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Original Investigation
April 6, 2020

Association of Physical Education With Improvement of Health-Related Physical Fitness Outcomes and Fundamental Motor Skills Among Youths: A Systematic Review and Meta-analysis

Author Affiliations
  • 1Navarrabiomed, Complejo Hospitalario de Navarra, Universidad Pública de Navarra, Instituto de Investigación Sanitaria de Navarra, Pamplona, Spain
  • 2Laboratorio de Ciencias de la Actividad Física, el Deporte y la Salud, Universidad de Santiago de Chile, Santiago, Chile
  • 3Department of Health Sciences, Public University of Navarra, CIBER of Frailty and Healthy Aging, Instituto de Salud Carlos III, Pamplona, Navarra, Spain
  • 4Faculty of Sport Sciences, University of Huelva, Huelva, Spain
  • 5Laboratory of Human Performance, Quality of Life and Wellness Research Group, Department of Physical Activity Sciences, Universidad de Los Lagos, Osorno, Chile
JAMA Pediatr. 2020;174(6):e200223. doi:10.1001/jamapediatrics.2020.0223
Key Points

Question  Is there an association between quality- or quantity-based physical education interventions and improvement in health-related physical fitness and fundamental motor skills in youth?

Findings  In this systematic review and meta-analysis of 48 185 youths, quality-based physical education interventions were associated with small increases in fitness components and fundamental motor skills regardless of frequency or duration of physical education lessons. By contrast, quantity-based interventions were associated with small increases in only fitness components.

Meaning  The study suggests that quality-based physical education strategies are associated with improved class efficiency assuming typical school constraints (eg, reduced practice time per session).

Abstract

Importance  Whether quality- or quantity-based physical education (PE) interventions are associated with improvement of health-related physical fitness outcomes and fundamental motor skills (FMSs) in children and adolescents is unknown.

Objective  To examine the association of interventions aimed at optimizing PE in terms of quality (teaching strategies or fitness infusion) or quantity (lessons per week) with health-related physical fitness and FMSs in children and adolescents.

Data Sources  For this systematic review and meta-analysis, studies were identified through a systematic search of Ovid MEDLINE, Embase, Cochrane Controlled Trials Registry, and SPORTDiscus databases (from inception to October 10, 2019) with the keywords physical education OR PE OR P.E. AND fitness AND motor ability OR skills. Manual examination of references in selected articles was also performed.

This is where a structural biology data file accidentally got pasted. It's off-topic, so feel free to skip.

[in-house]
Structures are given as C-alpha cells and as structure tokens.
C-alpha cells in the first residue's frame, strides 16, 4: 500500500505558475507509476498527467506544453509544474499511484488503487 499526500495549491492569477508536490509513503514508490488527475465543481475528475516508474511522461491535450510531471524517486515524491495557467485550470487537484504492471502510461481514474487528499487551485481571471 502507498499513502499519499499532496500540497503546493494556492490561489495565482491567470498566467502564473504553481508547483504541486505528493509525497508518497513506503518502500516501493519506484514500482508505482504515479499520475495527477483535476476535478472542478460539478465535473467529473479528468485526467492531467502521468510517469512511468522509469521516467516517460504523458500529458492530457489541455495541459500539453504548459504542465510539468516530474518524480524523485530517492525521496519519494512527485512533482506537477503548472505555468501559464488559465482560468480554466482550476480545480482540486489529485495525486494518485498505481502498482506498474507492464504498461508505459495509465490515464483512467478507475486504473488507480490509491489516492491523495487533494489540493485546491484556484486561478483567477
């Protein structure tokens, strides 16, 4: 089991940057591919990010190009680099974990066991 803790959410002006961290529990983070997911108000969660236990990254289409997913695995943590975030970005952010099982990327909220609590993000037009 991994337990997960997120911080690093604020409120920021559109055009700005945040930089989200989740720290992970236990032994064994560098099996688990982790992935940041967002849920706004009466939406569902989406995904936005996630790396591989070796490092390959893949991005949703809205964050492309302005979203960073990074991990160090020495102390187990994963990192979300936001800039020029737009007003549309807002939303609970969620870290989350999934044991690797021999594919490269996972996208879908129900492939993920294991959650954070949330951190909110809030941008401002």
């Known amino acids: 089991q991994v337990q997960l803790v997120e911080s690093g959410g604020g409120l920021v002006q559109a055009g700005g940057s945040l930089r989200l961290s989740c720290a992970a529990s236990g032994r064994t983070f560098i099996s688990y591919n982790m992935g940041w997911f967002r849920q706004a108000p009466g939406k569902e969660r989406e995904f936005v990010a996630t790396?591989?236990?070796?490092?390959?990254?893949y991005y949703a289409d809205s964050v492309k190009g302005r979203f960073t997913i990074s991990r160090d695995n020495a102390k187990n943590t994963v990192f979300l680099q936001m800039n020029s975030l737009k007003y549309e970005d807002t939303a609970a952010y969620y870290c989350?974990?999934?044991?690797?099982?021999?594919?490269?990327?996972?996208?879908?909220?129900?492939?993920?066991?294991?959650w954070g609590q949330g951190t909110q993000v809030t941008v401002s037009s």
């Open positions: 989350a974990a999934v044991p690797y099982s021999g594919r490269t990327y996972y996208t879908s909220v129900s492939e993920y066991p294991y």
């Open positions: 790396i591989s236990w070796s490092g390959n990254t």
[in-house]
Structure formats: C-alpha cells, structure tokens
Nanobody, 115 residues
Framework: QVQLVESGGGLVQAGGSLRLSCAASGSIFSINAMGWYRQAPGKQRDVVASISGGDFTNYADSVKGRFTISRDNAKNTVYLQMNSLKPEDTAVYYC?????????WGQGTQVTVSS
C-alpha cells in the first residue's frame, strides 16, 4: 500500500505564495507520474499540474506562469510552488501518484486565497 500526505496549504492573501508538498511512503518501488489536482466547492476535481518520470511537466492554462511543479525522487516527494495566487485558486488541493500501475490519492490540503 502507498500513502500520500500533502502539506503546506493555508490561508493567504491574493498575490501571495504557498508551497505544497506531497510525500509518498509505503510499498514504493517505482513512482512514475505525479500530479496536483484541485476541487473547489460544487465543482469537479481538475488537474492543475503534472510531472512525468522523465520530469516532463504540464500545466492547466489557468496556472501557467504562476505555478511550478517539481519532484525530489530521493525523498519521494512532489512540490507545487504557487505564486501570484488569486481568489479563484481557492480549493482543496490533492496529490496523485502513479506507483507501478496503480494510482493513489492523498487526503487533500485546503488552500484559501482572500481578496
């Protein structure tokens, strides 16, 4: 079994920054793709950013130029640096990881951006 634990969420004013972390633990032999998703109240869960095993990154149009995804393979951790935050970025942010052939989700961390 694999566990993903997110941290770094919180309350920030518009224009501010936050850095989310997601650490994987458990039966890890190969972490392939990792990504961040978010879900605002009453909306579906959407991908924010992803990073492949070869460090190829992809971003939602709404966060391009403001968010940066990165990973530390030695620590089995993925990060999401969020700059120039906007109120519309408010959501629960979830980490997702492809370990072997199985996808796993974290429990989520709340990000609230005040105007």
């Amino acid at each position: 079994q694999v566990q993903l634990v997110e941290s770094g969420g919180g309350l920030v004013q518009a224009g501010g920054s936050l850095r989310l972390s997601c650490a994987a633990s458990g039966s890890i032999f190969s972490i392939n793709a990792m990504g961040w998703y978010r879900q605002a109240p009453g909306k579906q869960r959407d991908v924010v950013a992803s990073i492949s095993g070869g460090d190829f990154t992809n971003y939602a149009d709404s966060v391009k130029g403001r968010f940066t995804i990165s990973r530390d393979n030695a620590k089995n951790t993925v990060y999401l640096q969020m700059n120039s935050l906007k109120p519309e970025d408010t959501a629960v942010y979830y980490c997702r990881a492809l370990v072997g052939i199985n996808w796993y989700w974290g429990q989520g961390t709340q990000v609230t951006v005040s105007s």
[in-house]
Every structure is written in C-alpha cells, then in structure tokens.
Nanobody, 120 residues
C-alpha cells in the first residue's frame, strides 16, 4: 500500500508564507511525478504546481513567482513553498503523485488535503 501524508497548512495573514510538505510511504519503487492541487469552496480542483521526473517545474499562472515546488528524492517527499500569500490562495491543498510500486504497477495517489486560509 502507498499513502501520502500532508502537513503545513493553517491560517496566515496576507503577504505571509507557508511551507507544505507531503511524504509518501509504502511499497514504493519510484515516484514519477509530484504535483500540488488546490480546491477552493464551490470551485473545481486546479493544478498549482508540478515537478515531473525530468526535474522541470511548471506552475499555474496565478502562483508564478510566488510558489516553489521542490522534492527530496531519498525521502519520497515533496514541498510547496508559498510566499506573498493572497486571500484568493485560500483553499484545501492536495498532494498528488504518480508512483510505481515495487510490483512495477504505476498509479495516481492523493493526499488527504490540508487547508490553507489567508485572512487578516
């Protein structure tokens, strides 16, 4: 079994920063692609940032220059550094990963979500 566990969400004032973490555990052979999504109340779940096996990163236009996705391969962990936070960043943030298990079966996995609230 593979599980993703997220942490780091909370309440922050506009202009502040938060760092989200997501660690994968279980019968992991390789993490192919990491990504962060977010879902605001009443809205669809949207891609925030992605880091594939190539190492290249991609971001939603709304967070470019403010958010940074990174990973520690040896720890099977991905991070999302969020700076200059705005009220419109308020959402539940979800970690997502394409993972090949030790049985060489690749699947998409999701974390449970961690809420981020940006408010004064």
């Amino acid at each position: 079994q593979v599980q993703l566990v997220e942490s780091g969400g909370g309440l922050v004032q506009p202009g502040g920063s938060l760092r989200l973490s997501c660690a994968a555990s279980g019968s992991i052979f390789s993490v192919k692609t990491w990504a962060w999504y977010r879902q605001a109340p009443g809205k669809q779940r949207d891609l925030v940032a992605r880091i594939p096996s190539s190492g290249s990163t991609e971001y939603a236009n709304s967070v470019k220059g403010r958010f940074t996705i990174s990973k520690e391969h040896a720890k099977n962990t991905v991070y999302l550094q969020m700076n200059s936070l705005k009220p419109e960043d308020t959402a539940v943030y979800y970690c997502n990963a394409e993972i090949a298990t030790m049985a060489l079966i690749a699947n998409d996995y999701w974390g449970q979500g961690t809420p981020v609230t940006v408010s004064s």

Study Selection  Studies that assessed the association of quality- or quantity-based PE interventions with improvement in physical fitness and/or FMSs in youths (aged 3-18 years) were included.

Data Extraction and Synthesis  Data were processed according to the Preferred Reporting Items for Systematic Reviews and Meta-Analyses (PRISMA) guideline. Random-effects models were used to estimate the pooled effect size (Hedges g).

Main Outcomes and Measures  Health-related physical fitness outcomes and FMSs.

Results  Fifty-six trials composed of 48 185 youths (48% girls) were included in the meta-analysis. Quality-based PE interventions were associated with small increases in health-related physical fitness (cardiorespiratory fitness [Hedges g = 0.24; 95% CI, 0.16-0.32] and muscular strength [Hedges g = 0.19; 95% CI, 0.09-0.29]) and FMSs (Hedges g = 0.38; 95% CI, 0.27-0.49). Subgroup analyses found stronger associations for quality-based PE interventions on body mass index (Hedges g = −0.18; 95% CI, −0.26 to −0.09), body fat (Hedges g = −0.28; 95% CI, −0.37 to −0.18), cardiorespiratory fitness (Hedges g = 0.31; 95% CI, 0.23-0.39), and muscular strength (Hedges g = 0.29; 95% CI, 0.18-0.39). Quantity-based PE interventions were associated with small increases in only cardiorespiratory fitness (Hedges g = 0.42; 95% CI, 0.30-0.55), muscular strength (Hedges g = 0.20; 95% CI, 0.08-0.31), and speed agility (Hedges g = 0.29; 95% CI, 0.07-0.51).

Conclusions and Relevance  The findings suggest that quality-based PE interventions are associated with small increases in both student health-related physical fitness components and FMSs regardless of frequency or duration of PE lessons. Because PE aims to improve more than health, high levels of active learning time may need to be balanced with opportunities for instruction, feedback, and reflection.

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